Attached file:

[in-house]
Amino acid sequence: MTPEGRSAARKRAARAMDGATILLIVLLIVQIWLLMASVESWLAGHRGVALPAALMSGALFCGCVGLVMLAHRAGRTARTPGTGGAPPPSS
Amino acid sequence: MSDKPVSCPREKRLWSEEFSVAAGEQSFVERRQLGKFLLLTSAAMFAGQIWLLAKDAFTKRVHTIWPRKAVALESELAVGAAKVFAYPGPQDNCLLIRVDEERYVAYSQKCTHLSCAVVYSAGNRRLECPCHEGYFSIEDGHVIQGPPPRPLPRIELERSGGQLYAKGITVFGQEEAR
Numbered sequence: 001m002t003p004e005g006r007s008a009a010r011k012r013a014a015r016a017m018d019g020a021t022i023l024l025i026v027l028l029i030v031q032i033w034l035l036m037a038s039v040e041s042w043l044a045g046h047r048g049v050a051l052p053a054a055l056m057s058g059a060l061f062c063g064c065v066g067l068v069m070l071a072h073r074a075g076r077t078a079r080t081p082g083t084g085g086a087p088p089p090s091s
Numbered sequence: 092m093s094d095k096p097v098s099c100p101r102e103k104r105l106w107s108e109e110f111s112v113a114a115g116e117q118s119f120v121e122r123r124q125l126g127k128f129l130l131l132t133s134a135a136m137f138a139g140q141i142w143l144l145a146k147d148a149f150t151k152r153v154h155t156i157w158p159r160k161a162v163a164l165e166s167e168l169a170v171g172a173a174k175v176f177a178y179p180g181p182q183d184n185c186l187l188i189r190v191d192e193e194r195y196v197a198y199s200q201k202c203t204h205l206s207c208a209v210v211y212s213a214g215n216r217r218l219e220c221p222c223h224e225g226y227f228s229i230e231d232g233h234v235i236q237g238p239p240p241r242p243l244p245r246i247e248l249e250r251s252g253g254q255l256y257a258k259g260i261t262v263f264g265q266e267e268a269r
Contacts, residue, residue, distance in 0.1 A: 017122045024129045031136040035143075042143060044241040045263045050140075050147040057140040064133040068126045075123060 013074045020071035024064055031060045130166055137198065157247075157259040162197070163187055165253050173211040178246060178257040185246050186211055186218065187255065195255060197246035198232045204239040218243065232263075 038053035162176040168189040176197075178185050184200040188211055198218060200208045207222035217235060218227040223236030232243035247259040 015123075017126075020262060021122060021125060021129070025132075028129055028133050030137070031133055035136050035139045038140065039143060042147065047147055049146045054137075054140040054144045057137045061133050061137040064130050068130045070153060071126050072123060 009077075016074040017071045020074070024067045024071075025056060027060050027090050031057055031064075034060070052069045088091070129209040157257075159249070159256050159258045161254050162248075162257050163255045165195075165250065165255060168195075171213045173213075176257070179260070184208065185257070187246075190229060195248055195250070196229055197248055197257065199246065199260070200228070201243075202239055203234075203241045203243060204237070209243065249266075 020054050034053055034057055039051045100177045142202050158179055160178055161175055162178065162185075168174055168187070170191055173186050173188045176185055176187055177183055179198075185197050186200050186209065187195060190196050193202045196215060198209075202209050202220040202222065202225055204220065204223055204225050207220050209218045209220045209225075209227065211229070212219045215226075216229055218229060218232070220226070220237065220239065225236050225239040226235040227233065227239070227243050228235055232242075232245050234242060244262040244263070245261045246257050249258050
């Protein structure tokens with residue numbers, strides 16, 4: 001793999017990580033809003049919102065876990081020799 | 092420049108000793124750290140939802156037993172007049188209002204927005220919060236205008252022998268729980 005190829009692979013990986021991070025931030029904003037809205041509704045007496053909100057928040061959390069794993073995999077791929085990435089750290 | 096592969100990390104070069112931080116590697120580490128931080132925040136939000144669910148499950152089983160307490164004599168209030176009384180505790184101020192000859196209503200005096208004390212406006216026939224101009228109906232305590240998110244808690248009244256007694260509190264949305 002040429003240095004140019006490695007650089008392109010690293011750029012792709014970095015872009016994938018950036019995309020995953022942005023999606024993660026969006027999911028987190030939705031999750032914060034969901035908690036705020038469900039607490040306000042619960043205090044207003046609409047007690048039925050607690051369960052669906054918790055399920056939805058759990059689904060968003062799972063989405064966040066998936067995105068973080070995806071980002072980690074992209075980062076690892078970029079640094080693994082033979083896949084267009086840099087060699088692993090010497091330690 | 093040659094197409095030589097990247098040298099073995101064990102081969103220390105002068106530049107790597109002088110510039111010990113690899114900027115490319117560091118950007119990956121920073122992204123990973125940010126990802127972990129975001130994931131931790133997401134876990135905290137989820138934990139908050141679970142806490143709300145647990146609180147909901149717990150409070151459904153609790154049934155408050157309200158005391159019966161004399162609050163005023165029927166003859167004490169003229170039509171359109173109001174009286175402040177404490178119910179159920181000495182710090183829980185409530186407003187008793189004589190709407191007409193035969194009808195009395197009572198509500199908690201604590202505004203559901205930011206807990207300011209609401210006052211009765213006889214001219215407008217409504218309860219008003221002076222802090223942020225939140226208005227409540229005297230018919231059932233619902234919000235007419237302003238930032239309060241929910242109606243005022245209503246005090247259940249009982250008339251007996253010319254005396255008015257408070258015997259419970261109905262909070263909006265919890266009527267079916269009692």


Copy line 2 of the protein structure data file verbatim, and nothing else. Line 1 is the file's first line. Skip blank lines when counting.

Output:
Amino acid sequence: MTPEGRSAARKRAARAMDGATILLIVLLIVQIWLLMASVESWLAGHRGVALPAALMSGALFCGCVGLVMLAHRAGRTARTPGTGGAPPPSS